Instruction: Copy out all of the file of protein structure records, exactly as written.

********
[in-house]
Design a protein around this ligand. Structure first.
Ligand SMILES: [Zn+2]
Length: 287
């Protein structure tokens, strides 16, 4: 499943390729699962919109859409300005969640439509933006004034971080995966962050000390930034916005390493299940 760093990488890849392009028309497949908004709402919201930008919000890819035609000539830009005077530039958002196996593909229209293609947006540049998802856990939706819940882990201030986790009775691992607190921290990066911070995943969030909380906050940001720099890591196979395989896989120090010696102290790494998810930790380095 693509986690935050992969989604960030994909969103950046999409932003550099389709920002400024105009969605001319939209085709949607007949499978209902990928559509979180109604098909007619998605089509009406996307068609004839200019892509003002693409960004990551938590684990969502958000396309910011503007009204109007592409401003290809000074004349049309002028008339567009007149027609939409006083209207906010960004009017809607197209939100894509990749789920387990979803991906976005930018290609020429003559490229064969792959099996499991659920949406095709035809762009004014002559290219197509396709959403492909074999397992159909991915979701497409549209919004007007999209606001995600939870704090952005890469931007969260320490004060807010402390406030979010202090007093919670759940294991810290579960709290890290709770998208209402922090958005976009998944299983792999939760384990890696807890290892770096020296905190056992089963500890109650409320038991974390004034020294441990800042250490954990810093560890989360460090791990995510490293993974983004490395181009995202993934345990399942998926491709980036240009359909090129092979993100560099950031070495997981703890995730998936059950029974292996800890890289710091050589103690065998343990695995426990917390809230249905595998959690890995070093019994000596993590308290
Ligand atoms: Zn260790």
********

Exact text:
[in-house]
Design a protein around this ligand. Structure first.
Ligand SMILES: [Zn+2]
Length: 287
């Protein structure tokens, strides 16, 4: 499943390729699962919109859409300005969640439509933006004034971080995966962050000390930034916005390493299940 760093990488890849392009028309497949908004709402919201930008919000890819035609000539830009005077530039958002196996593909229209293609947006540049998802856990939706819940882990201030986790009775691992607190921290990066911070995943969030909380906050940001720099890591196979395989896989120090010696102290790494998810930790380095 693509986690935050992969989604960030994909969103950046999409932003550099389709920002400024105009969605001319939209085709949607007949499978209902990928559509979180109604098909007619998605089509009406996307068609004839200019892509003002693409960004990551938590684990969502958000396309910011503007009204109007592409401003290809000074004349049309002028008339567009007149027609939409006083209207906010960004009017809607197209939100894509990749789920387990979803991906976005930018290609020429003559490229064969792959099996499991659920949406095709035809762009004014002559290219197509396709959403492909074999397992159909991915979701497409549209919004007007999209606001995600939870704090952005890469931007969260320490004060807010402390406030979010202090007093919670759940294991810290579960709290890290709770998208209402922090958005976009998944299983792999939760384990890696807890290892770096020296905190056992089963500890109650409320038991974390004034020294441990800042250490954990810093560890989360460090791990995510490293993974983004490395181009995202993934345990399942998926491709980036240009359909090129092979993100560099950031070495997981703890995730998936059950029974292996800890890289710091050589103690065998343990695995426990917390809230249905595998959690890995070093019994000596993590308290
Ligand atoms: Zn260790």